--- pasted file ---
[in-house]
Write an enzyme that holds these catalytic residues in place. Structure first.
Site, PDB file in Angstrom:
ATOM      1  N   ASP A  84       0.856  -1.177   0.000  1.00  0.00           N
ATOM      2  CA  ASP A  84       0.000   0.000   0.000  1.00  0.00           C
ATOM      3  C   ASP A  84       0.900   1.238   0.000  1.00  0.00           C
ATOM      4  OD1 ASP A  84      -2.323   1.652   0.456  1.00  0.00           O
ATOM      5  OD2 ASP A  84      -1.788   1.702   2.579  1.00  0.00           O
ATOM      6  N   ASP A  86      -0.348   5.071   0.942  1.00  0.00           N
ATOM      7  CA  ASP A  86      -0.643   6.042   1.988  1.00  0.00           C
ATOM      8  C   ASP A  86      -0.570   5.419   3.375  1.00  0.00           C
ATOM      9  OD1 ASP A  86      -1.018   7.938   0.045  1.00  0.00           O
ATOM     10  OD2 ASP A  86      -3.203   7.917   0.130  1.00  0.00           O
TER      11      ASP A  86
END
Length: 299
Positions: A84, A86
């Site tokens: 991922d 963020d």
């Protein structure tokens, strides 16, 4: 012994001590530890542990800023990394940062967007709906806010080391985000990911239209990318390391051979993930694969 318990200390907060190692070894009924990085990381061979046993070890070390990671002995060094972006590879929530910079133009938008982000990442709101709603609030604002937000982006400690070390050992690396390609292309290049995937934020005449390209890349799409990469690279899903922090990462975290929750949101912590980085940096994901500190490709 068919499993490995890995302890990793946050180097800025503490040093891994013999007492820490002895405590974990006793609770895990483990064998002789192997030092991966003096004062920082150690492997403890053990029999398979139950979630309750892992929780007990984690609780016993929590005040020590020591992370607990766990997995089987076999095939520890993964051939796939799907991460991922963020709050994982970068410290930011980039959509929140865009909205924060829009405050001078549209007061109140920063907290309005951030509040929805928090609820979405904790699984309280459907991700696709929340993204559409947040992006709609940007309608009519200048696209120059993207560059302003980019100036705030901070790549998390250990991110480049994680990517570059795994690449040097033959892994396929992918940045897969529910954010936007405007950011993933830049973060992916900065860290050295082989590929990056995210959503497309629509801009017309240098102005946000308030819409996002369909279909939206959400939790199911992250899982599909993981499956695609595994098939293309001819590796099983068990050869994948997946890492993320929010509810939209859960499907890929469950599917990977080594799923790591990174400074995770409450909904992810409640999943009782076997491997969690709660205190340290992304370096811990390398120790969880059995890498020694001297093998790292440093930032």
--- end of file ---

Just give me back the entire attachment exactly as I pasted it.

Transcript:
[in-house]
Write an enzyme that holds these catalytic residues in place. Structure first.
Site, PDB file in Angstrom:
ATOM      1  N   ASP A  84       0.856  -1.177   0.000  1.00  0.00           N
ATOM      2  CA  ASP A  84       0.000   0.000   0.000  1.00  0.00           C
ATOM      3  C   ASP A  84       0.900   1.238   0.000  1.00  0.00           C
ATOM      4  OD1 ASP A  84      -2.323   1.652   0.456  1.00  0.00           O
ATOM      5  OD2 ASP A  84      -1.788   1.702   2.579  1.00  0.00           O
ATOM      6  N   ASP A  86      -0.348   5.071   0.942  1.00  0.00           N
ATOM      7  CA  ASP A  86      -0.643   6.042   1.988  1.00  0.00           C
ATOM      8  C   ASP A  86      -0.570   5.419   3.375  1.00  0.00           C
ATOM      9  OD1 ASP A  86      -1.018   7.938   0.045  1.00  0.00           O
ATOM     10  OD2 ASP A  86      -3.203   7.917   0.130  1.00  0.00           O
TER      11      ASP A  86
END
Length: 299
Positions: A84, A86
């Site tokens: 991922d 963020d």
């Protein structure tokens, strides 16, 4: 012994001590530890542990800023990394940062967007709906806010080391985000990911239209990318390391051979993930694969 318990200390907060190692070894009924990085990381061979046993070890070390990671002995060094972006590879929530910079133009938008982000990442709101709603609030604002937000982006400690070390050992690396390609292309290049995937934020005449390209890349799409990469690279899903922090990462975290929750949101912590980085940096994901500190490709 068919499993490995890995302890990793946050180097800025503490040093891994013999007492820490002895405590974990006793609770895990483990064998002789192997030092991966003096004062920082150690492997403890053990029999398979139950979630309750892992929780007990984690609780016993929590005040020590020591992370607990766990997995089987076999095939520890993964051939796939799907991460991922963020709050994982970068410290930011980039959509929140865009909205924060829009405050001078549209007061109140920063907290309005951030509040929805928090609820979405904790699984309280459907991700696709929340993204559409947040992006709609940007309608009519200048696209120059993207560059302003980019100036705030901070790549998390250990991110480049994680990517570059795994690449040097033959892994396929992918940045897969529910954010936007405007950011993933830049973060992916900065860290050295082989590929990056995210959503497309629509801009017309240098102005946000308030819409996002369909279909939206959400939790199911992250899982599909993981499956695609595994098939293309001819590796099983068990050869994948997946890492993320929010509810939209859960499907890929469950599917990977080594799923790591990174400074995770409450909904992810409640999943009782076997491997969690709660205190340290992304370096811990390398120790969880059995890498020694001297093998790292440093930032």